GREEN BAY—The playoff field of 12 has been whittled to four.
There's really nothing to talk about in the way of scenarios, as is customary in this space, because the 2014 NFL season has just three games remaining.
Super Bowl XLIX in Glendale, Ariz., on Feb. 1 will be played by either the Packers or Seahawks from the NFC and either the Patriots or Colts from the AFC.
Green Bay is seeking its second Super Bowl appearance in the Mike McCarthy era and the sixth in franchise history, while Seattle is looking to make it back-to-back trips for a total of three on its ledger.
New England is seeking its sixth Super Bowl bid with Bill Belichick and Tom Brady as its cornerstones, and its eighth overall. Indianapolis is seeking its third appearance and first in the post-Peyton Manning era.
There's no need to rehash what has happened through the playoffs so far, so instead, here's a quick synopsis of the big wins and key moments from each of the four teams' regular seasons:
The season had two turning points, after the loss in Detroit in Week 3 and the loss in New Orleans in Week 8. After the first, QB Aaron Rodgers told everyone to "R-E-L-A-X," and after the second, the Packers made personnel changes on defense, beginning with LB Clay Matthews, that paid considerable dividends.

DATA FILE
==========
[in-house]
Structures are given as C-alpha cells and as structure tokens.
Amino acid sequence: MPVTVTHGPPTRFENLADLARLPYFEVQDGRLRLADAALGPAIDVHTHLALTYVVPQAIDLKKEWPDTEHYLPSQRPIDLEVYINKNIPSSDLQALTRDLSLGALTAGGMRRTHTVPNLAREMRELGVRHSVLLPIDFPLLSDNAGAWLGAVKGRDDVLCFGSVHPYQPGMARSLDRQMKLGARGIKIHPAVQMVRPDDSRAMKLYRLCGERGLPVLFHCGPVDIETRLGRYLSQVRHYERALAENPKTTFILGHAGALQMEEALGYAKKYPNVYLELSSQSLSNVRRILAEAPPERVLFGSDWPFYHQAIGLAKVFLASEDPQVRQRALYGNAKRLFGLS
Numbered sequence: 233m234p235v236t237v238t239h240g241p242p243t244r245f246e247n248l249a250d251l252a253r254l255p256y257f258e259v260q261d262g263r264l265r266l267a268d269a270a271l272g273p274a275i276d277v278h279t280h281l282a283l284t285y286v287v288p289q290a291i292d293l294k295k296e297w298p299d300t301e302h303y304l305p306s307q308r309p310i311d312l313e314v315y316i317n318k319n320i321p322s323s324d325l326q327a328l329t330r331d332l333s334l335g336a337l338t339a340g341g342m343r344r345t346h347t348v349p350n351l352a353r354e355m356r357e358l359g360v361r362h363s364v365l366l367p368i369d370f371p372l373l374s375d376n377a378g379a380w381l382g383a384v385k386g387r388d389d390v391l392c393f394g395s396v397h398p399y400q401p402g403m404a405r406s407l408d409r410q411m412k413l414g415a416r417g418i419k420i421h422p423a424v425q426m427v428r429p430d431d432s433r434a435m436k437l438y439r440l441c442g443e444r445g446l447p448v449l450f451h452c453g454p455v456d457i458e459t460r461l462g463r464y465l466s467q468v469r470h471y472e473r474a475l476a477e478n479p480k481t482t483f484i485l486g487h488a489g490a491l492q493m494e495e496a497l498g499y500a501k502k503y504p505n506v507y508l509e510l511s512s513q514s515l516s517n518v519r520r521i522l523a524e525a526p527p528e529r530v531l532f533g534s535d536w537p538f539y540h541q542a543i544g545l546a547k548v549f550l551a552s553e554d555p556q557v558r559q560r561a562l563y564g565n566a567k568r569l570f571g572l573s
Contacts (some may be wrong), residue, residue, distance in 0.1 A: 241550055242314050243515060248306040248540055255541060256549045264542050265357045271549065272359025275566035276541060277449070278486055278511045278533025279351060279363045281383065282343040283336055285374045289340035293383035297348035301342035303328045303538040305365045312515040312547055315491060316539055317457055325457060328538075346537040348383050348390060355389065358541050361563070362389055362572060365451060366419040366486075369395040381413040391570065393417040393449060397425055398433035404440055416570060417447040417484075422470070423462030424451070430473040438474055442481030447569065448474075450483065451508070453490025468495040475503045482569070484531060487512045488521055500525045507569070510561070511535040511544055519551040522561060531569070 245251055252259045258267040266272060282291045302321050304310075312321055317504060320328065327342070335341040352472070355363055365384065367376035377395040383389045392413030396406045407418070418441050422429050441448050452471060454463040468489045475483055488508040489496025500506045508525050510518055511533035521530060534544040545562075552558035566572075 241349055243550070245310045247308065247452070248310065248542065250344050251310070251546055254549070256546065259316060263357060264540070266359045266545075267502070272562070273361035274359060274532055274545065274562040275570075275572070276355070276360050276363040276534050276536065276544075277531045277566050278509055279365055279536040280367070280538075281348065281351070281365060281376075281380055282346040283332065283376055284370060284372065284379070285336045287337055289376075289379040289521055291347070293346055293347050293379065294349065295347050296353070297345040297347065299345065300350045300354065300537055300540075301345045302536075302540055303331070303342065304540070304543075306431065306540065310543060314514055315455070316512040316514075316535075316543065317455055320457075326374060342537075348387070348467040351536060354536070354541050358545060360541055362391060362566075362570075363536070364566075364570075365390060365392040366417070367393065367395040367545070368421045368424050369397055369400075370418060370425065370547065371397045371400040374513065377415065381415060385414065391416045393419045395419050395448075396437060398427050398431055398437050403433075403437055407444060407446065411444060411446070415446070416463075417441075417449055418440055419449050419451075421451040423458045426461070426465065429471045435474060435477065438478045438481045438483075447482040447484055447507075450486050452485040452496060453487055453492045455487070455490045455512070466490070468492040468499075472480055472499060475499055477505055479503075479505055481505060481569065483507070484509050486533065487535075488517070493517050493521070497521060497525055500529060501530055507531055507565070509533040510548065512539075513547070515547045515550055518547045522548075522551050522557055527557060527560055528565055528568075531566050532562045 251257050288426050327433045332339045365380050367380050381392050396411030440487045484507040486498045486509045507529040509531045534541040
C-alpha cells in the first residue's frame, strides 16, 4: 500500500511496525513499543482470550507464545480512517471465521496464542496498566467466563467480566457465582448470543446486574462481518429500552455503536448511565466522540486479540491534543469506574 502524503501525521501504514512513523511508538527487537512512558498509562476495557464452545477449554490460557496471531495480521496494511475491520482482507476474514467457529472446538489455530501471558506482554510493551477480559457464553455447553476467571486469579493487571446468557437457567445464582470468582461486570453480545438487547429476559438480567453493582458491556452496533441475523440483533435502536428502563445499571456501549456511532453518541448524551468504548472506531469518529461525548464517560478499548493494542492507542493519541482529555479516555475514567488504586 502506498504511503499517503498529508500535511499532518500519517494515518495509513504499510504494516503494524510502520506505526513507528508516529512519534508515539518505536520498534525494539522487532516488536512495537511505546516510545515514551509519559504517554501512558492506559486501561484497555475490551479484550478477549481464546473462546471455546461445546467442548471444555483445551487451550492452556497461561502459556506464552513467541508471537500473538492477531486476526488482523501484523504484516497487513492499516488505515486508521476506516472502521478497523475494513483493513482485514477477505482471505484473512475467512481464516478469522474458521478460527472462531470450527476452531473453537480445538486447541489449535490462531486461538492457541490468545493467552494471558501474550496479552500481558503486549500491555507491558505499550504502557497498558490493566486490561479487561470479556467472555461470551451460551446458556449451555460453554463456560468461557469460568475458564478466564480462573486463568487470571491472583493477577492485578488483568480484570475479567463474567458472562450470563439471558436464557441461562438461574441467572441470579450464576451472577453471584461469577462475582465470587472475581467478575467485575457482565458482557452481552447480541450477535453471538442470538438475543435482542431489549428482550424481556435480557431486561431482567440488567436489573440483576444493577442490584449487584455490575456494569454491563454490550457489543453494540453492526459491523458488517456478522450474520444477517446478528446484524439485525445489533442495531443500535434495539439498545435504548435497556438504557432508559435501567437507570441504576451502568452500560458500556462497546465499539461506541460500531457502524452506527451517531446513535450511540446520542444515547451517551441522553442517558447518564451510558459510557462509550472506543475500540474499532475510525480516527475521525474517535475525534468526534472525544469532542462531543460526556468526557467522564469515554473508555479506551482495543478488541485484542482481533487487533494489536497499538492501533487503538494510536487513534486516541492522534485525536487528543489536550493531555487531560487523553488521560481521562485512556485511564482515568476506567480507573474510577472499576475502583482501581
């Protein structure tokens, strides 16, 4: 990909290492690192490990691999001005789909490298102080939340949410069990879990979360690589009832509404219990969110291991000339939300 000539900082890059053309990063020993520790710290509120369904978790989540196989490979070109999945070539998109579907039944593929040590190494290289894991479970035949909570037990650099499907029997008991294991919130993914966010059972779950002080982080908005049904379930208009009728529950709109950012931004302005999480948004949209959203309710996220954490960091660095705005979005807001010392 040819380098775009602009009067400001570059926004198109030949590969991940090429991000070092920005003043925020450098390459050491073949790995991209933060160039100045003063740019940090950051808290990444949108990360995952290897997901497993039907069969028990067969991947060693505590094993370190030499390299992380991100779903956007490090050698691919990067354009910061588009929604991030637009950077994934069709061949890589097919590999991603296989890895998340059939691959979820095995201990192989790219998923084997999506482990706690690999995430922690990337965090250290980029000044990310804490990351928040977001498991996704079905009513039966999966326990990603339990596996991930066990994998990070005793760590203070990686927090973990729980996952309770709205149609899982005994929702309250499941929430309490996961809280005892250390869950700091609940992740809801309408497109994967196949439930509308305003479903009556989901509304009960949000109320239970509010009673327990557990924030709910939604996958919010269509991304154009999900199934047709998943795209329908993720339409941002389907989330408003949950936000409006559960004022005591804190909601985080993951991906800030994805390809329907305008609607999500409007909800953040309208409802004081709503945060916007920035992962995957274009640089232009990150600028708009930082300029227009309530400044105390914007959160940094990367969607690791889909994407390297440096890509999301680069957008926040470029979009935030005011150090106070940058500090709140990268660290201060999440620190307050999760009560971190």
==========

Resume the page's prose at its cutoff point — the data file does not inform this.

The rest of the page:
Green Bay's last-second win in Miami in Week 6 was its most dramatic, while the home victories over the Patriots in Week 13 and the Lions in Week 17 were the most meaningful.
The defending champs bottomed out, so to speak, with a loss in Kansas City in Week 11 that dropped them to 6-4, but then they got on a roll. They won six straight to close the regular season, with five of those coming against playoff contenders San Francisco (two), Arizona (two) and Philadelphia.
The return of injured linebacker Bobby Wagner after the loss to the Chiefs helped Seattle's defense return to form, and the 17 points allowed in last week's playoff win over Carolina were the most the Seahawks have surrendered since that Kansas City game.
Once again Kansas City is a team's turning point, as New England's blowout loss there on a Monday night in Week 4 had national pundits speculating the Belichick-Brady magic was dead. Yeah, right.
The Patriots' explosive offense returned, and they ripped off seven wins in a row before losing at Lambeau Field. That is New England's only loss in a game that mattered (they rested starters in Week 17 with the AFC's No. 1 seed wrapped up) since the calendar turned to October.
Indy's playoff pedigree was questioned due to regular-season losses to AFC favorites Denver, Pittsburgh and New England, plus a humbling, five-touchdown defeat at Dallas in Week 16.
Wins in October over eventual postseason entrants Baltimore and Cincinnati, though, showed what the Colts can do when they're playing their best. They had an incredibly difficult schedule outside the otherwise awful AFC South, and therefore they may have actually entered the playoffs more battle-tested than at first glance.